Nene Should Continue to Play With the Second Unit


Since returning from a foot injury on Dec. 5 against the Denver Nuggets, Nene has been a vital role in Randy Wittman’s second unit.

At first, it was a no-brainer to use Nene as a role player in order to limit his minutes and ease him back into game action. Plantar fasciitis is a very painful and nagging heel injury. And with it only being the second month of the season and with the performance of his players, there was no reason for Wittman to rush Nene back into the starting lineup while risking the possibility of aggravating the injury.

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But, it’s been almost two weeks since Nene returned and Wittman has opted to keep Kris Humphries playing with the first unit and Nene off the bench.

The results have paid off for the Washington Wizards.

Since jumping into the starting role, Humphries has grabbed double-digit rebounds in five games. He’s also recorded 13 steals and nine blocks over that span. And in those 12 games, Humphries is shooting just under 42 percent from the floor.

Dec 12, 2014; Washington, DC, USA; Washington Wizards forward Kris Humphries (43) dunks the ball as Los Angeles Clippers center DeAndre Jordan (6) looks on in the first quarter at Verizon Center. Mandatory Credit: Geoff Burke-USA TODAY Sports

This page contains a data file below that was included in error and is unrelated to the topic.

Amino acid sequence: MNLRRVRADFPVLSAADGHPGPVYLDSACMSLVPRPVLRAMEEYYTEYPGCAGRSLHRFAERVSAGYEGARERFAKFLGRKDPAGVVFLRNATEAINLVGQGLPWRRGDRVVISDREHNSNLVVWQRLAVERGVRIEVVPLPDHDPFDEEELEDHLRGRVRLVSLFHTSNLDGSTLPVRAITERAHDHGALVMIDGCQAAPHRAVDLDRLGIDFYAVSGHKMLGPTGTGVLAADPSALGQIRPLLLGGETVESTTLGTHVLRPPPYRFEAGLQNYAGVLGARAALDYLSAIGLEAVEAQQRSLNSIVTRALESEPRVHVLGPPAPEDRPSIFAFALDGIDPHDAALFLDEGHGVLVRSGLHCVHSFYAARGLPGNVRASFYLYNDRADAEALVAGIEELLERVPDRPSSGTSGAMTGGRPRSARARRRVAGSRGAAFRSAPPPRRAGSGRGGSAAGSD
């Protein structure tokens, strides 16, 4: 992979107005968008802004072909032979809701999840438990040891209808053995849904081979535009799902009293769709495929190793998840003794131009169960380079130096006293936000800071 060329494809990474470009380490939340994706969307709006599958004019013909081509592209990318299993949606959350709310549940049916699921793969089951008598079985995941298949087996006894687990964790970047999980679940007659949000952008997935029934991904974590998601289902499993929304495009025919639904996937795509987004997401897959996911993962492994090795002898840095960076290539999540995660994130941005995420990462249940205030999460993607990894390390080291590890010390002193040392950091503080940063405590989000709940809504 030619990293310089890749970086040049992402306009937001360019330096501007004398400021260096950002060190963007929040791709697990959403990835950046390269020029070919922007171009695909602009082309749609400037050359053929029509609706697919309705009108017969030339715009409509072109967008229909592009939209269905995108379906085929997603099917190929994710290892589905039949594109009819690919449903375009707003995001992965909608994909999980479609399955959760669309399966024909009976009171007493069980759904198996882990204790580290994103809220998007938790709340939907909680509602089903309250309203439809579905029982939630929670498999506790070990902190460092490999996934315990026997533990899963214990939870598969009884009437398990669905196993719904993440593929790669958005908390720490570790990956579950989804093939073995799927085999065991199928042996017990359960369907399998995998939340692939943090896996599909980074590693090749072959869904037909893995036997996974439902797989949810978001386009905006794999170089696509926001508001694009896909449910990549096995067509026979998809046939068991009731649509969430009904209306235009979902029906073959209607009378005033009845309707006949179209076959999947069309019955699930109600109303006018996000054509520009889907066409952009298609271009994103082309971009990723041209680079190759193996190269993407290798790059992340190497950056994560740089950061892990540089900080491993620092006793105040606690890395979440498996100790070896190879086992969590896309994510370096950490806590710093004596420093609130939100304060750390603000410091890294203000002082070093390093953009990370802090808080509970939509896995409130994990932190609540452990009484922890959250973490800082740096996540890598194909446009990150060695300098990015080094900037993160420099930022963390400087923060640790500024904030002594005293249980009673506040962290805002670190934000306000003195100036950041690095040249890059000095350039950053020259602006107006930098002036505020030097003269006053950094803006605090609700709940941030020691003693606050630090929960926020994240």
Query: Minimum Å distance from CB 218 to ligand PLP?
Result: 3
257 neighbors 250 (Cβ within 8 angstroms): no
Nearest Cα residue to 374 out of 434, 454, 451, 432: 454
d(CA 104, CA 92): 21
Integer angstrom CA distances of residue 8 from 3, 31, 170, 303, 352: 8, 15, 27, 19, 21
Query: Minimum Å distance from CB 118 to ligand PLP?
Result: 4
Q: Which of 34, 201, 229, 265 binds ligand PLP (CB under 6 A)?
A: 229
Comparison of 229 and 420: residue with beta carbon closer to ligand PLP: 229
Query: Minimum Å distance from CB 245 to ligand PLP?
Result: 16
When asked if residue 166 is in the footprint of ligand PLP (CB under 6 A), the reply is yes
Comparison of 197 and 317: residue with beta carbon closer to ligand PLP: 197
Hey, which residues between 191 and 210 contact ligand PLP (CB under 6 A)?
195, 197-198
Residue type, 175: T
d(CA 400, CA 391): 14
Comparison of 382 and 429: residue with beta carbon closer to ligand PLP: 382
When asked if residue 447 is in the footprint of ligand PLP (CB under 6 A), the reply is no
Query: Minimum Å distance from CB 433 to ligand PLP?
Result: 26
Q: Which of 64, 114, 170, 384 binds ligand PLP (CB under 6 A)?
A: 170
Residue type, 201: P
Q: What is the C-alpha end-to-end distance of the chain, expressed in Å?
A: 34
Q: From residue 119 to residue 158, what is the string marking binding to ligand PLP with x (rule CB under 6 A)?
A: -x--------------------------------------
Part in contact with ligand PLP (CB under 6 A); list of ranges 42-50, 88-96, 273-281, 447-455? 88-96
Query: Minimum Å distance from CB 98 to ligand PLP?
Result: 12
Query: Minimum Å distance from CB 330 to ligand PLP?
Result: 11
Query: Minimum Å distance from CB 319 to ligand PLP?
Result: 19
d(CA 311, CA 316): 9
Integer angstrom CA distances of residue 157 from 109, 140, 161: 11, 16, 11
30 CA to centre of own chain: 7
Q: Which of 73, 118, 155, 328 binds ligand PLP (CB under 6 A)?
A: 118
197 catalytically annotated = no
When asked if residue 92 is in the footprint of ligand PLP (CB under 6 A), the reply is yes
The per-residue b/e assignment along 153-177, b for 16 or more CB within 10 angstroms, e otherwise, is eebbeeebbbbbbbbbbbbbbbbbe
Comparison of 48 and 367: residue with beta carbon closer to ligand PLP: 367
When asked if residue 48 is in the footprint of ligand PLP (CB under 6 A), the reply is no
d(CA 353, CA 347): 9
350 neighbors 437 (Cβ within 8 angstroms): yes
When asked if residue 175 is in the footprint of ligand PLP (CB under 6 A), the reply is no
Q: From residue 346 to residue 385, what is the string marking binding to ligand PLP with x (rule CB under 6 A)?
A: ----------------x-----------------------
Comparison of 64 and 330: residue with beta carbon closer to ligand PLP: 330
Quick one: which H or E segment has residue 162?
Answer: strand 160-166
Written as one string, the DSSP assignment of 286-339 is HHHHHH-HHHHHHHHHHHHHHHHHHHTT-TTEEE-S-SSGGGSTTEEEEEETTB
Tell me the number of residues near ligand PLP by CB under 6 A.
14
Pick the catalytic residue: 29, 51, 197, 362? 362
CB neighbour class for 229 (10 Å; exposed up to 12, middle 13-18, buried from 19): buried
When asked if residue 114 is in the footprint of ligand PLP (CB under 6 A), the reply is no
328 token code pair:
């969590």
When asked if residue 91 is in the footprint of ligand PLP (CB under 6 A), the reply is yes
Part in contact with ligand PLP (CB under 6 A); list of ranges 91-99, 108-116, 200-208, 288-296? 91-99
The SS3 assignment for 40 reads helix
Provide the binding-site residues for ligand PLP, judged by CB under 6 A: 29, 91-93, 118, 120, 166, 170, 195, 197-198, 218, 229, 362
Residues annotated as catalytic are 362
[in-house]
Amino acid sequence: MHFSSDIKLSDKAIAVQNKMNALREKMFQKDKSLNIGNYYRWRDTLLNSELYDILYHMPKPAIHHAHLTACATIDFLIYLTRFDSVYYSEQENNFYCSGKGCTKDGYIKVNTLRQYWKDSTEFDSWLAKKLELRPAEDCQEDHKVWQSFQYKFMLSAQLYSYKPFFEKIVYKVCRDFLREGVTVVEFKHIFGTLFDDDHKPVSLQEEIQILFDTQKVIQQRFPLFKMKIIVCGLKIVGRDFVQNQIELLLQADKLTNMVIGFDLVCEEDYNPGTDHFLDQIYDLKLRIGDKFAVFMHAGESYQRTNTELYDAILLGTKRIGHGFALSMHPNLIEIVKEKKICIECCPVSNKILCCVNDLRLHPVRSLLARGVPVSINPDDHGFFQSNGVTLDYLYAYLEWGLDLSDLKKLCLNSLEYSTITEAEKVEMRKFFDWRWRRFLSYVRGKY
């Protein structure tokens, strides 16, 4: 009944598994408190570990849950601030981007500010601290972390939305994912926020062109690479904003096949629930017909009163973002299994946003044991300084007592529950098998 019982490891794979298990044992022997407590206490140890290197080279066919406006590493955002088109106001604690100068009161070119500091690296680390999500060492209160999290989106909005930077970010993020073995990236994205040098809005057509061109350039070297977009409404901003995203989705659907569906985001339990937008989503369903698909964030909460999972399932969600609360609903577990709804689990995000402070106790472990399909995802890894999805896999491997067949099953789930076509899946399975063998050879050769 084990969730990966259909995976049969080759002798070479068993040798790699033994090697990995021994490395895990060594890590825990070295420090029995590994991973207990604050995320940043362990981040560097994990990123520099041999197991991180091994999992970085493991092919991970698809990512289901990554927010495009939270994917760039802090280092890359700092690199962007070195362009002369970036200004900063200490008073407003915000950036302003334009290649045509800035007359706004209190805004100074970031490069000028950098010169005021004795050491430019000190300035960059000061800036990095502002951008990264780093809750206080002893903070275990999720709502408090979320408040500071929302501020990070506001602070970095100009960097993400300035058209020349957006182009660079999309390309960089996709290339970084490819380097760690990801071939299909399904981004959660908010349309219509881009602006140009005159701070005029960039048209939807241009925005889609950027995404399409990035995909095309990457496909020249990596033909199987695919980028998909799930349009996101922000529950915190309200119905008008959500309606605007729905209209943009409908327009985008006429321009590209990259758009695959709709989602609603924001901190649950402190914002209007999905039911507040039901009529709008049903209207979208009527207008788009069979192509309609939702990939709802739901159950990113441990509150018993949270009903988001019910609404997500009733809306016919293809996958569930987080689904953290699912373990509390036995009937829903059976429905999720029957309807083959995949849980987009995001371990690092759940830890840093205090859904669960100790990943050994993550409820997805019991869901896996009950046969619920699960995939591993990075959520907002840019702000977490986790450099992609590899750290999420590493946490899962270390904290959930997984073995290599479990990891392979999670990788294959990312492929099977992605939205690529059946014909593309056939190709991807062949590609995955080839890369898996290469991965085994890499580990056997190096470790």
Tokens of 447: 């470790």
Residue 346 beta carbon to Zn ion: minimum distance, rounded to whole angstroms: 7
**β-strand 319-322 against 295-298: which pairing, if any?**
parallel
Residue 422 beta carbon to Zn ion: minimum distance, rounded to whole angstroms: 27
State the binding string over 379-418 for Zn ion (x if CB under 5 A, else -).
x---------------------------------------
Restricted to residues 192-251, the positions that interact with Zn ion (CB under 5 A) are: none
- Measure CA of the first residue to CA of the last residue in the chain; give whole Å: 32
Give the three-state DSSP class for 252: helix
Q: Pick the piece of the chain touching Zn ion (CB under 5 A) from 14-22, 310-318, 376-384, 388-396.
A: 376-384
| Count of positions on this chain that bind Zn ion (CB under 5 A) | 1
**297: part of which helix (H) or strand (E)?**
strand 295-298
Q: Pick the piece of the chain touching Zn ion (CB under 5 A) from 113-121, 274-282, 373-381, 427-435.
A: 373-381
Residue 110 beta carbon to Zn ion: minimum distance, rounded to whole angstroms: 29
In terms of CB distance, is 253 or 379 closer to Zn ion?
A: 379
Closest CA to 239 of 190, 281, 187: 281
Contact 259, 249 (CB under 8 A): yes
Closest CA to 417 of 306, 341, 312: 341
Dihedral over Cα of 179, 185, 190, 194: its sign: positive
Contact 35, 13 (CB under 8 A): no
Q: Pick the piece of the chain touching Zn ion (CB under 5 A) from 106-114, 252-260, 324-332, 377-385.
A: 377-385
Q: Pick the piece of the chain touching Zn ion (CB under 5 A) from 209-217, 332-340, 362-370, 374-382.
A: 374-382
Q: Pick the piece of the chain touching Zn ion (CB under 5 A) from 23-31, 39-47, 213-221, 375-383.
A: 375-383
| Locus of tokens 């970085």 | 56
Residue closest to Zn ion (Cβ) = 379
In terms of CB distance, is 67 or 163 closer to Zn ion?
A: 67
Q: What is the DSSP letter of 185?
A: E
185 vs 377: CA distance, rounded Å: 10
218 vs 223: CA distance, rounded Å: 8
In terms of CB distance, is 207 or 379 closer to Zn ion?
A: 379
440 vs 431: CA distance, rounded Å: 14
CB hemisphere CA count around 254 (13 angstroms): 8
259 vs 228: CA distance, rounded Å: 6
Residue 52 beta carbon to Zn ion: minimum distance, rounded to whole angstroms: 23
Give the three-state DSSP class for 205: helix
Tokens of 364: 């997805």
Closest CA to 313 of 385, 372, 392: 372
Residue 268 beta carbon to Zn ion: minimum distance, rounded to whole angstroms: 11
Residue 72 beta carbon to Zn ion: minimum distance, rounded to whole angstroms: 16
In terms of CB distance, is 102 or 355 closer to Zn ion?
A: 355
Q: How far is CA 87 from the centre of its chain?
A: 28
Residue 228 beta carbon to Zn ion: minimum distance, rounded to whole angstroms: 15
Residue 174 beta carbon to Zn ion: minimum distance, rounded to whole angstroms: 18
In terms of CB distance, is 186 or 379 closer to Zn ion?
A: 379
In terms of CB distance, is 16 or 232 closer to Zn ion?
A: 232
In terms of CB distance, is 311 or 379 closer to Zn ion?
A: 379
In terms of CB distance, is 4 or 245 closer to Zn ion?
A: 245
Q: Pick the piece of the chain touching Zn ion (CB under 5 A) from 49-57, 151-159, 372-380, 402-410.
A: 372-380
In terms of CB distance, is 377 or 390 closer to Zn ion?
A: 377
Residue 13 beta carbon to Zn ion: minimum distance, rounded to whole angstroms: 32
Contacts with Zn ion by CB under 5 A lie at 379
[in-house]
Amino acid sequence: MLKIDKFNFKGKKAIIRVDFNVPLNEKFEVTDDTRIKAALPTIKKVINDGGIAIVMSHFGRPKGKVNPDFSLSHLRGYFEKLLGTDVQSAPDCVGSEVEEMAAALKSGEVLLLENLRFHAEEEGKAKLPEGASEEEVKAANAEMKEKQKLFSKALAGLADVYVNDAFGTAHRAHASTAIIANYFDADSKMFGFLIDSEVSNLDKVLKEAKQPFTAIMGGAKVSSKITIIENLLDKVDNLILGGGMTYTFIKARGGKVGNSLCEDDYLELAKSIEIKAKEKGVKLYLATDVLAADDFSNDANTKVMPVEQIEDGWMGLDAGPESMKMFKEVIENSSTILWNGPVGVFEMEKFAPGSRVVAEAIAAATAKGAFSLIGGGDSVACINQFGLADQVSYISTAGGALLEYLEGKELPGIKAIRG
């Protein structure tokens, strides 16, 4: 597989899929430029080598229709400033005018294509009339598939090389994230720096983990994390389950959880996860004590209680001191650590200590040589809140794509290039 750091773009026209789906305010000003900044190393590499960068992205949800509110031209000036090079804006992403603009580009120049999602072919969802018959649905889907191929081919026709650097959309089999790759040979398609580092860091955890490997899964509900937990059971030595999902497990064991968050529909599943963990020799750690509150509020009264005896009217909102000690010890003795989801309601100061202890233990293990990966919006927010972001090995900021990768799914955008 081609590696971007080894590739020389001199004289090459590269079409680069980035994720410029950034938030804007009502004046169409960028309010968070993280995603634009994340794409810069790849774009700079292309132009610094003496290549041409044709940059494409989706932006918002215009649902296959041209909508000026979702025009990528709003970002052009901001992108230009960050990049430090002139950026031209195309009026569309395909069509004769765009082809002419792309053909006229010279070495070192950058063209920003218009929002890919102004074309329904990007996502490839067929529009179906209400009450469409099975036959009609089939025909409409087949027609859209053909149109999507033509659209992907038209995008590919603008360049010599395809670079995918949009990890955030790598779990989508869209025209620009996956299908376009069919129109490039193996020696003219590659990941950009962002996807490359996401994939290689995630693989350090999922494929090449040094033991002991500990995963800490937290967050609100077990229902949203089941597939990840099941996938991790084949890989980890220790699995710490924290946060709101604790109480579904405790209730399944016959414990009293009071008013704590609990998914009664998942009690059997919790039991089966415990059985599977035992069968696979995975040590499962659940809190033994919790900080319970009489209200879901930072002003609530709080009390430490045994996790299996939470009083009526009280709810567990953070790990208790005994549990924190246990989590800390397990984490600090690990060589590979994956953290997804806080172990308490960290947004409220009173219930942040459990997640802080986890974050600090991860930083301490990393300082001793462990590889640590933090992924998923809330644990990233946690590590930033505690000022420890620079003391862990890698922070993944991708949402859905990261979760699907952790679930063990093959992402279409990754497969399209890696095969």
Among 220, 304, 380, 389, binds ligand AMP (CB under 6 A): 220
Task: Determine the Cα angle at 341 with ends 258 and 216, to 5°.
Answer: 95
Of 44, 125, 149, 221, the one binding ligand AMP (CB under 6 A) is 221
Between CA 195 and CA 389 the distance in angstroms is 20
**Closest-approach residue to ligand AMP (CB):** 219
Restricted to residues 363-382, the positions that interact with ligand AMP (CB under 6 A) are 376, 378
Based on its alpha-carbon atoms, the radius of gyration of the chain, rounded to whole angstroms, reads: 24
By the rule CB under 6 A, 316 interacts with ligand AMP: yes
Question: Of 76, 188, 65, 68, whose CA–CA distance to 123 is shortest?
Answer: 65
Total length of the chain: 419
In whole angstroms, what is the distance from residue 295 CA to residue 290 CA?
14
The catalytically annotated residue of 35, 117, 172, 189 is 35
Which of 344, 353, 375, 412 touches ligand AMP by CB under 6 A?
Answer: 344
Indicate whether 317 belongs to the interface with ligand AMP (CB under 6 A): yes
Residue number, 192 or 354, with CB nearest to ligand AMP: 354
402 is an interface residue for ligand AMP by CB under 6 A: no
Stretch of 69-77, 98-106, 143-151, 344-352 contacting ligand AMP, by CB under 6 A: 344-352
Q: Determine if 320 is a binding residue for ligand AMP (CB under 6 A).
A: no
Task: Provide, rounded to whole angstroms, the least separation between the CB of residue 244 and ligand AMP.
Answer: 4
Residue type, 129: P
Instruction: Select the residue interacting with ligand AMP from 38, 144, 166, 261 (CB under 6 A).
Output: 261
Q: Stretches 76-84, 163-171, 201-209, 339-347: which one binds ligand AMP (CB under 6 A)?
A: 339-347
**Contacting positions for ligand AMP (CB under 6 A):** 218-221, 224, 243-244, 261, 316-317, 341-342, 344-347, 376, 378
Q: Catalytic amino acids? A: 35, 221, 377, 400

As for Nene, his numbers have been about the same as they were before his injury. He’s averaging nine points per game (one point less than his season average) and six rebounds, which is one more than his season average.

But the numbers aren’t the only reason why Nene needs to continue coming off the bench; he also presents a clear advantage for the Washington Wizards down low against other teams’ backups. It’s as simple as that.

You put a veteran starter who averages nearly 13 points, seven rebounds and one block a game – to go along with his physical toughness down low – against inferior players who might not match up with Nene’s size, and it’s a total mismatch for Washington.

Spacing is also a factor. Since Humphries has been inserted into the starting lineup, the Wizards efficiency has gotten better. Before Nene’s injury, John Wall had double-digit assists in seven games. Since the injury, Wall has double-digit assists in nine games. He’s getting more room to operate in the paint to drive-and-kick.

Gortat is also getting more room to operate down low. In the 12 games since Nene went down, the Polish Machine has 10 games in double-figures – averaging 14.5 points per game.

And again, none of this would be happening if Humphries hadn’t been holding his own with the starters.

Right now, the Washington Wizards are rolling on all cylinders. And one factor of that has been Nene coming off the bench.

As long as the Wizards keep winning and Nene is happy, there’s no reason for Wittman to mess with the starting lineup.

Embrace the moment, Lord Nene!

Next: Where Martell Webster Fits in the Wizards Rotation